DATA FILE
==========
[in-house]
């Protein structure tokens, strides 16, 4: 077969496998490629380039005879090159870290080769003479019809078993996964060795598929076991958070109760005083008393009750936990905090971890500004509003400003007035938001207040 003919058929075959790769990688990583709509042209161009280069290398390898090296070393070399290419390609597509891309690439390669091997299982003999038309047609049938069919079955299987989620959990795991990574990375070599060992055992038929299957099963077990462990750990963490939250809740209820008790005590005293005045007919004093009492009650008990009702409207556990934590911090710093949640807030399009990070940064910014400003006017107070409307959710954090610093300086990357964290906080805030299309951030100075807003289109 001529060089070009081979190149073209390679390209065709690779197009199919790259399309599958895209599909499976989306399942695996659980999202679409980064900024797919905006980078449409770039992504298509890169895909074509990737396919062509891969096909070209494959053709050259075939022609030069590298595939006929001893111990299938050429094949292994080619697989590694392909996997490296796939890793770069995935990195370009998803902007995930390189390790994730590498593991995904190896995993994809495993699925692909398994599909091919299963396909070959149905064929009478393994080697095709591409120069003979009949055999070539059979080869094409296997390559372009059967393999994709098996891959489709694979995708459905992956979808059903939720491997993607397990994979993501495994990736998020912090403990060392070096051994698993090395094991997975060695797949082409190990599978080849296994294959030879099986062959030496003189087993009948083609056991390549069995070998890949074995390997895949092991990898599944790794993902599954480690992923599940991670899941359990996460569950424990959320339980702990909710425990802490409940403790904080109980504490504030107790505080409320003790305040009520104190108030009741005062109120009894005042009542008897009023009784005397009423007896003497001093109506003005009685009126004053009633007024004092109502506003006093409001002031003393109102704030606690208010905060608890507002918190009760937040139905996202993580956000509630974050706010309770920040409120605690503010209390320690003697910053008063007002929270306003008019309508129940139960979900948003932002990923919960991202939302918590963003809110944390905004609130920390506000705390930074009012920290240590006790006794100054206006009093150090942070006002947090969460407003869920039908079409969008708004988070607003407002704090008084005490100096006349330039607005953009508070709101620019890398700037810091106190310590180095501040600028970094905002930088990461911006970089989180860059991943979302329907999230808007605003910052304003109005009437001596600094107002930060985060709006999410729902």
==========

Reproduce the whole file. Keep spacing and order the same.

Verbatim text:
[in-house]
């Protein structure tokens, strides 16, 4: 077969496998490629380039005879090159870290080769003479019809078993996964060795598929076991958070109760005083008393009750936990905090971890500004509003400003007035938001207040 003919058929075959790769990688990583709509042209161009280069290398390898090296070393070399290419390609597509891309690439390669091997299982003999038309047609049938069919079955299987989620959990795991990574990375070599060992055992038929299957099963077990462990750990963490939250809740209820008790005590005293005045007919004093009492009650008990009702409207556990934590911090710093949640807030399009990070940064910014400003006017107070409307959710954090610093300086990357964290906080805030299309951030100075807003289109 001529060089070009081979190149073209390679390209065709690779197009199919790259399309599958895209599909499976989306399942695996659980999202679409980064900024797919905006980078449409770039992504298509890169895909074509990737396919062509891969096909070209494959053709050259075939022609030069590298595939006929001893111990299938050429094949292994080619697989590694392909996997490296796939890793770069995935990195370009998803902007995930390189390790994730590498593991995904190896995993994809495993699925692909398994599909091919299963396909070959149905064929009478393994080697095709591409120069003979009949055999070539059979080869094409296997390559372009059967393999994709098996891959489709694979995708459905992956979808059903939720491997993607397990994979993501495994990736998020912090403990060392070096051994698993090395094991997975060695797949082409190990599978080849296994294959030879099986062959030496003189087993009948083609056991390549069995070998890949074995390997895949092991990898599944790794993902599954480690992923599940991670899941359990996460569950424990959320339980702990909710425990802490409940403790904080109980504490504030107790505080409320003790305040009520104190108030009741005062109120009894005042009542008897009023009784005397009423007896003497001093109506003005009685009126004053009633007024004092109502506003006093409001002031003393109102704030606690208010905060608890507002918190009760937040139905996202993580956000509630974050706010309770920040409120605690503010209390320690003697910053008063007002929270306003008019309508129940139960979900948003932002990923919960991202939302918590963003809110944390905004609130920390506000705390930074009012920290240590006790006794100054206006009093150090942070006002947090969460407003869920039908079409969008708004988070607003407002704090008084005490100096006349330039607005953009508070709101620019890398700037810091106190310590180095501040600028970094905002930088990461911006970089989180860059991943979302329907999230808007605003910052304003109005009437001596600094107002930060985060709006999410729902």